In extreme cases, constantly adapting to the discomfort of long nails can cause stress on the dog’s joints and can lead to joint pain or even arthritis.

Walking in a way that adjusts to relieve some of the pain from overly long nails might also cause your dog’s natural gait and movement to be out of alignment. This can cause other pain or injuries as they try to find a solution for their discomfort.

How and What to Trim

Check the length of your dog’s nails periodically. If you notice odd limping or a lot of licking of their feet, they may be telling you they are hurting. It could be something as simple as trimming their nails.

Because the dog’s nails may be different colors, it is sometimes difficult to tell where the quick is on their nails. You do not want to cut below the quick and cause an injury or bleeding. Clear or light colored nails are easy to distinguish the cutting point. Use a bright light if you are having difficulty. Dark nails are particularly difficult to gauge where the nail ends and the quick dividing lines are. If you have doubts, take your dog to a vet or grooming professional and have them do the trimming.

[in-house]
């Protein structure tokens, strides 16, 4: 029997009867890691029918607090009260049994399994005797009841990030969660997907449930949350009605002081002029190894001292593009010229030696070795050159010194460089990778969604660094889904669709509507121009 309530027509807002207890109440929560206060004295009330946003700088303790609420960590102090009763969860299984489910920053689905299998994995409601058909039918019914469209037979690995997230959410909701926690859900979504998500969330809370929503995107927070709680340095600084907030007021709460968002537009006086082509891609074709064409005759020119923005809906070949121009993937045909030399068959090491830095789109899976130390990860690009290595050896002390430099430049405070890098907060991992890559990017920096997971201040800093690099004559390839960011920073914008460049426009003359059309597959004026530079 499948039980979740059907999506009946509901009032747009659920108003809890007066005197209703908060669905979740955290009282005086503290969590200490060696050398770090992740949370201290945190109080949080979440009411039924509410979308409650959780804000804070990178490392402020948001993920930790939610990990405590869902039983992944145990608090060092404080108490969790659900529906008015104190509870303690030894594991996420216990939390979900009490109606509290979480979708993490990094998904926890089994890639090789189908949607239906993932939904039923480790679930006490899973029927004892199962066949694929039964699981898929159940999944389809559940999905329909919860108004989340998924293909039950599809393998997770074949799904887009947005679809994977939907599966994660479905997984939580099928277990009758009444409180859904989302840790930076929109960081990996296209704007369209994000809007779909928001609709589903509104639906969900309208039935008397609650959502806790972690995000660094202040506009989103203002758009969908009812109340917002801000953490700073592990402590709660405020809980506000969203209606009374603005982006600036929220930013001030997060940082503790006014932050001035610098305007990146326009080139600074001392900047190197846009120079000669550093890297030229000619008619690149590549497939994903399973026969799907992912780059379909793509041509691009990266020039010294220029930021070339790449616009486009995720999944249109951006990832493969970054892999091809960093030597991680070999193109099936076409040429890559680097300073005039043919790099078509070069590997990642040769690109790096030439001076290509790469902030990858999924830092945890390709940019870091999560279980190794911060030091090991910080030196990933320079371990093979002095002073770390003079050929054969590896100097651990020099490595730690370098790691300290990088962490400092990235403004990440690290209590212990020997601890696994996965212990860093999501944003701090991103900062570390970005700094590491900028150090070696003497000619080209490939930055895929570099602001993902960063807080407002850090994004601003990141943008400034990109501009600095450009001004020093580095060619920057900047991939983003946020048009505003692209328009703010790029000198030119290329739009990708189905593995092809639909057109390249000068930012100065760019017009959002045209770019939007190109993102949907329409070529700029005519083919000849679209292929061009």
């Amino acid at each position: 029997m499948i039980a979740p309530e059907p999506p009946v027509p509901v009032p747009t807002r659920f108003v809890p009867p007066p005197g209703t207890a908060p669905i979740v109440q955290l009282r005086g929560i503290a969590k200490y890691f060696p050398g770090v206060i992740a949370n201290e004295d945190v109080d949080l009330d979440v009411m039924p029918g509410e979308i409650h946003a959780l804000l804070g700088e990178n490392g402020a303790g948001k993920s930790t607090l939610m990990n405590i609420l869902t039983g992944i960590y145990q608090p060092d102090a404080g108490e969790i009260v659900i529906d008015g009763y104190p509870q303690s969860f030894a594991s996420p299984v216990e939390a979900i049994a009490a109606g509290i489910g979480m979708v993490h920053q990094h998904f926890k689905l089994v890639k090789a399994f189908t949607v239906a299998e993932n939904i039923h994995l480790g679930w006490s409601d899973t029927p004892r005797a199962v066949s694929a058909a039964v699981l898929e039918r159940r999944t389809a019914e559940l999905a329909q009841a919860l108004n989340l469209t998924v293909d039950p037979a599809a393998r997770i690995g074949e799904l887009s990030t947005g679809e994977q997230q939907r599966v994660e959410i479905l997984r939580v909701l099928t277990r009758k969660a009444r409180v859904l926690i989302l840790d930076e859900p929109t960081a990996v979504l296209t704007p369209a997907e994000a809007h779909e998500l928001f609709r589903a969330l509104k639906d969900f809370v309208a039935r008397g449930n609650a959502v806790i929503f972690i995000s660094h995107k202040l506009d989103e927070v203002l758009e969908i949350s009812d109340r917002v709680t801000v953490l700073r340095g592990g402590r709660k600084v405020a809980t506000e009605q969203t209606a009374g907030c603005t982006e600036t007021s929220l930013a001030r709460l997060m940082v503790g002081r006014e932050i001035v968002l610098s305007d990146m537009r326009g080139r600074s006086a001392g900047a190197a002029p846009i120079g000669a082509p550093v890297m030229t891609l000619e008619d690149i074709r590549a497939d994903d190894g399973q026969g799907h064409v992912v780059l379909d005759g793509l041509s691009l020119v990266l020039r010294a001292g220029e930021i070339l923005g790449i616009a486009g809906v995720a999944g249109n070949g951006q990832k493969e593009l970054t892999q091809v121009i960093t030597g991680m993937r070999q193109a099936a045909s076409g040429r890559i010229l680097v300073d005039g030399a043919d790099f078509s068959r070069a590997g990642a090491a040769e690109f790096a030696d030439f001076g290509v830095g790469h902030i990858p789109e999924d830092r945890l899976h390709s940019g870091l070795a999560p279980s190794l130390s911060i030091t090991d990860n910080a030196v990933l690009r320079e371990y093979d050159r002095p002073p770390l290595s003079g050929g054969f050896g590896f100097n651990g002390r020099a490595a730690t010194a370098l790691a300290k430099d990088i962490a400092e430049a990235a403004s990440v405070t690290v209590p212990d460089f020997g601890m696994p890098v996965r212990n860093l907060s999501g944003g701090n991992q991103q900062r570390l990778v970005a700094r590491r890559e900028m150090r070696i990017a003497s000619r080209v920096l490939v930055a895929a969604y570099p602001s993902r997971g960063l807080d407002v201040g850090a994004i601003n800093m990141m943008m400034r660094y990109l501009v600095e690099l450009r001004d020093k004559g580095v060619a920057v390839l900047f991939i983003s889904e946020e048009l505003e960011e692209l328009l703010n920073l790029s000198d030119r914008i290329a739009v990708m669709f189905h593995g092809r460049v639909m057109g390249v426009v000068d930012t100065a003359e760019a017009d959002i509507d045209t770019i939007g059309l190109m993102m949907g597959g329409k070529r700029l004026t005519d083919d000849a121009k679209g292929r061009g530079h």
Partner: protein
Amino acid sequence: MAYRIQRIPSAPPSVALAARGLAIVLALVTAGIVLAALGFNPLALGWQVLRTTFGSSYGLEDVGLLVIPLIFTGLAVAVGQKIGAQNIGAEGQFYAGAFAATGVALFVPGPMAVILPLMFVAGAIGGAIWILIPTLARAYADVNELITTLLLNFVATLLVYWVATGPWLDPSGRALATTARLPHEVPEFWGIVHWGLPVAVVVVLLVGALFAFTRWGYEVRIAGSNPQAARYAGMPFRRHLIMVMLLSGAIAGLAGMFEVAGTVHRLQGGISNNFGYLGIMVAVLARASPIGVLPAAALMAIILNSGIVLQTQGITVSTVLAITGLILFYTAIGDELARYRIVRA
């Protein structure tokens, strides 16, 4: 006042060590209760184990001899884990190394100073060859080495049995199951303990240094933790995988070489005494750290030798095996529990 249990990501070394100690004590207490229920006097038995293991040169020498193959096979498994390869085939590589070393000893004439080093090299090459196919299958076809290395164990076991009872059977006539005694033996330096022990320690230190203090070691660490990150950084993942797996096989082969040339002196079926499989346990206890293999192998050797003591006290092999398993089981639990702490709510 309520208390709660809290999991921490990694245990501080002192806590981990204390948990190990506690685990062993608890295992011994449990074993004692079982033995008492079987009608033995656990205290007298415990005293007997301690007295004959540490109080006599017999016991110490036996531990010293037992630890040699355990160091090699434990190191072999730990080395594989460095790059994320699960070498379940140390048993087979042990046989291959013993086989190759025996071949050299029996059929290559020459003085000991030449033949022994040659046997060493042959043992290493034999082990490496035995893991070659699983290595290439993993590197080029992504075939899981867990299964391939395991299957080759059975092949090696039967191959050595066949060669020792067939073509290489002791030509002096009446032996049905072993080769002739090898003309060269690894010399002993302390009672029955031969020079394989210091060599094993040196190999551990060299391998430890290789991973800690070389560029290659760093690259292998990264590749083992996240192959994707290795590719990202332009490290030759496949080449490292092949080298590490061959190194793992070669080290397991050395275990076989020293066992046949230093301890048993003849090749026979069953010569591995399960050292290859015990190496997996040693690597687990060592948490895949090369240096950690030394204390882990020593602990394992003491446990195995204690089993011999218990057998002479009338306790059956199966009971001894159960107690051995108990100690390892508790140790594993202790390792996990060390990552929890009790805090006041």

Many dogs do not like having their nails touched. In extreme cases, the vet will know how to calm them enough so they can get the job done. They also have the appropriate tools.

You may find that one tool works better than others with your dog. There are clippers designed to cut through thick dog nails. Human clippers usually won’t work on a dog’s nails. There are also files that grind the nail down quickly which may be less stressful for your dog.

All nails, including the dew claw, need to be trimmed. The dew claw can grow and curl back in causing pain, even though it isn’t used the same way as the rest of the nails.

Tips for Home Nail Trimming

Trim your dog’s nails in a well-lit spot. If you have a puppy, start young so they get used to the idea of having their nails trimmed. Make it a more soothing experience by giving your dog a foot massage or periodically just rubbing their feet so they get used to their feet and nails being touched. Use the appropriate tools specifically designed for trimming dog’s nails.